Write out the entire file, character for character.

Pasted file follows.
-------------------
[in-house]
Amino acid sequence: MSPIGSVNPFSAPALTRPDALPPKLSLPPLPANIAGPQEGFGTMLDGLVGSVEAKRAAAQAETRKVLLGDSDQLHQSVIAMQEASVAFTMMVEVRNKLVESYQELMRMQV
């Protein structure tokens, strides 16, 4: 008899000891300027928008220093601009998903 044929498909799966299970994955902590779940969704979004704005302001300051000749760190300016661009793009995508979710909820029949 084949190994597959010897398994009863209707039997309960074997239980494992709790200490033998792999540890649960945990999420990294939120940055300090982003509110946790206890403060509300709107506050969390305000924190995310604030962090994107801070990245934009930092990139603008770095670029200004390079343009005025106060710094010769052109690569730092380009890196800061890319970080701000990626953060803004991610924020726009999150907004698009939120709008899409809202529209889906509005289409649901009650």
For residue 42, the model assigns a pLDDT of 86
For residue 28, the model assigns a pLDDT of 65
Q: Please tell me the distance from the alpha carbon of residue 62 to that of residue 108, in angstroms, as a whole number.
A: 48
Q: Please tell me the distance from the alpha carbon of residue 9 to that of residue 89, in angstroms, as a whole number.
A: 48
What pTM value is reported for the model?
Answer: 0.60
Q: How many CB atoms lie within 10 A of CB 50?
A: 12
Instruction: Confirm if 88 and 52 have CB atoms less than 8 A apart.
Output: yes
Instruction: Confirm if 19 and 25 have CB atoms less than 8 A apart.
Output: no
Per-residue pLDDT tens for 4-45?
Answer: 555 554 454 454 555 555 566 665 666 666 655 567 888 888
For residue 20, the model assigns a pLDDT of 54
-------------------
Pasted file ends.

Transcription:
[in-house]
Amino acid sequence: MSPIGSVNPFSAPALTRPDALPPKLSLPPLPANIAGPQEGFGTMLDGLVGSVEAKRAAAQAETRKVLLGDSDQLHQSVIAMQEASVAFTMMVEVRNKLVESYQELMRMQV
């Protein structure tokens, strides 16, 4: 008899000891300027928008220093601009998903 044929498909799966299970994955902590779940969704979004704005302001300051000749760190300016661009793009995508979710909820029949 084949190994597959010897398994009863209707039997309960074997239980494992709790200490033998792999540890649960945990999420990294939120940055300090982003509110946790206890403060509300709107506050969390305000924190995310604030962090994107801070990245934009930092990139603008770095670029200004390079343009005025106060710094010769052109690569730092380009890196800061890319970080701000990626953060803004991610924020726009999150907004698009939120709008899409809202529209889906509005289409649901009650």
For residue 42, the model assigns a pLDDT of 86
For residue 28, the model assigns a pLDDT of 65
Q: Please tell me the distance from the alpha carbon of residue 62 to that of residue 108, in angstroms, as a whole number.
A: 48
Q: Please tell me the distance from the alpha carbon of residue 9 to that of residue 89, in angstroms, as a whole number.
A: 48
What pTM value is reported for the model?
Answer: 0.60
Q: How many CB atoms lie within 10 A of CB 50?
A: 12
Instruction: Confirm if 88 and 52 have CB atoms less than 8 A apart.
Output: yes
Instruction: Confirm if 19 and 25 have CB atoms less than 8 A apart.
Output: no
Per-residue pLDDT tens for 4-45?
Answer: 555 554 454 454 555 555 566 665 666 666 655 567 888 888
For residue 20, the model assigns a pLDDT of 54